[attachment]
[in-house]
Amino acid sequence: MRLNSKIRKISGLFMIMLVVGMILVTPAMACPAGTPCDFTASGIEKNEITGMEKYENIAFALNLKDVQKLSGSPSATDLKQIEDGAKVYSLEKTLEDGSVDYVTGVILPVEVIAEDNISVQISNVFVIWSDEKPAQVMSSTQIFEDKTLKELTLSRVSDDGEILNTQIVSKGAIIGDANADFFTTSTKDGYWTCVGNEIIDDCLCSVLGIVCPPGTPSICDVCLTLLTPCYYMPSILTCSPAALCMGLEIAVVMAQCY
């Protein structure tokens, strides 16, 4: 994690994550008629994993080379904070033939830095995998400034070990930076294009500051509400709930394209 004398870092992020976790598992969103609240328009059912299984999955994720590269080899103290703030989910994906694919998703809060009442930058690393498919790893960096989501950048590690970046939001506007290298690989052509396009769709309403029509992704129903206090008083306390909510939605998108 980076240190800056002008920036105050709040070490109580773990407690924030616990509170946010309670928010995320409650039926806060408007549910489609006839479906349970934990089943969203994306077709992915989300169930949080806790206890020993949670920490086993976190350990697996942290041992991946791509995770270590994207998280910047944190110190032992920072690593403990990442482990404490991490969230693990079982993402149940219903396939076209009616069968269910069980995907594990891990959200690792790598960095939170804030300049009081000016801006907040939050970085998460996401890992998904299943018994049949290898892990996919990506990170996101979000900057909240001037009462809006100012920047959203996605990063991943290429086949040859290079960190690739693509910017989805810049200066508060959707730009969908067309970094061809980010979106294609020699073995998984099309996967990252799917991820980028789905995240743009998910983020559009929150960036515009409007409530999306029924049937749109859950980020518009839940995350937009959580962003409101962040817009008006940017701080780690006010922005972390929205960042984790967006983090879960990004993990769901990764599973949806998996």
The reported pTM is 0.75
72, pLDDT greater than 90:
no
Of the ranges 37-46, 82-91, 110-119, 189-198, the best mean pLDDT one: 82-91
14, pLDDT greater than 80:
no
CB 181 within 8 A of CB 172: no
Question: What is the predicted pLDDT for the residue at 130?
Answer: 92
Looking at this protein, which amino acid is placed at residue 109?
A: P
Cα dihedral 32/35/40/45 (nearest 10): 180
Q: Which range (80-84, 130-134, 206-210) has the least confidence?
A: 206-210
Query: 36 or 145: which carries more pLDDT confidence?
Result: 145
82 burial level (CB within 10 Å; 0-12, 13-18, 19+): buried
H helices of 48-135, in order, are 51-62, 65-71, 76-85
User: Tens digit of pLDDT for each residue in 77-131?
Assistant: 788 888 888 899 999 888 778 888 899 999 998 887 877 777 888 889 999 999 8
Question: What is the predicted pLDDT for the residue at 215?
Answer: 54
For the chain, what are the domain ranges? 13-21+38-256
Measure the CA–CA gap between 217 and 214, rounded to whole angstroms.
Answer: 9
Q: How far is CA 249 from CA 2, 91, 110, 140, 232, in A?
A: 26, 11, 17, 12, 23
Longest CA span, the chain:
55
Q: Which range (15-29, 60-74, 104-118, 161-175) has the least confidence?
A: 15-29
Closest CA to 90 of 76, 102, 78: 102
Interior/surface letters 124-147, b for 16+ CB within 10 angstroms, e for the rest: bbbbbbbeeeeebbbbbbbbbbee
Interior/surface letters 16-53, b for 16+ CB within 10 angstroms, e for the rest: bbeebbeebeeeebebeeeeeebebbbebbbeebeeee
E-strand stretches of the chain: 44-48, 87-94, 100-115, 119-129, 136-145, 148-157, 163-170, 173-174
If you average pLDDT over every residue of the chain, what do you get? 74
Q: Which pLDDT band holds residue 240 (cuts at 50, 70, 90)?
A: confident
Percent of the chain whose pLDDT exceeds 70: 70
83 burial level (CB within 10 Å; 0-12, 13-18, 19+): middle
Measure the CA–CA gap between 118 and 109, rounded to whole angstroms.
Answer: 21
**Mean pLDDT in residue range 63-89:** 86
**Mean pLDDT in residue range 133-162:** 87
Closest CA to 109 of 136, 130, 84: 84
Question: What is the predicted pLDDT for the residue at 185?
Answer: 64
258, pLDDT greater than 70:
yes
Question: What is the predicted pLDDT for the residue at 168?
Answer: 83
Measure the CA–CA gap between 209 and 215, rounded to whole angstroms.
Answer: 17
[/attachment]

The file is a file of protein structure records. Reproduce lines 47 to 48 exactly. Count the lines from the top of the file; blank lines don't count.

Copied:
**Mean pLDDT in residue range 133-162:** 87
Closest CA to 109 of 136, 130, 84: 84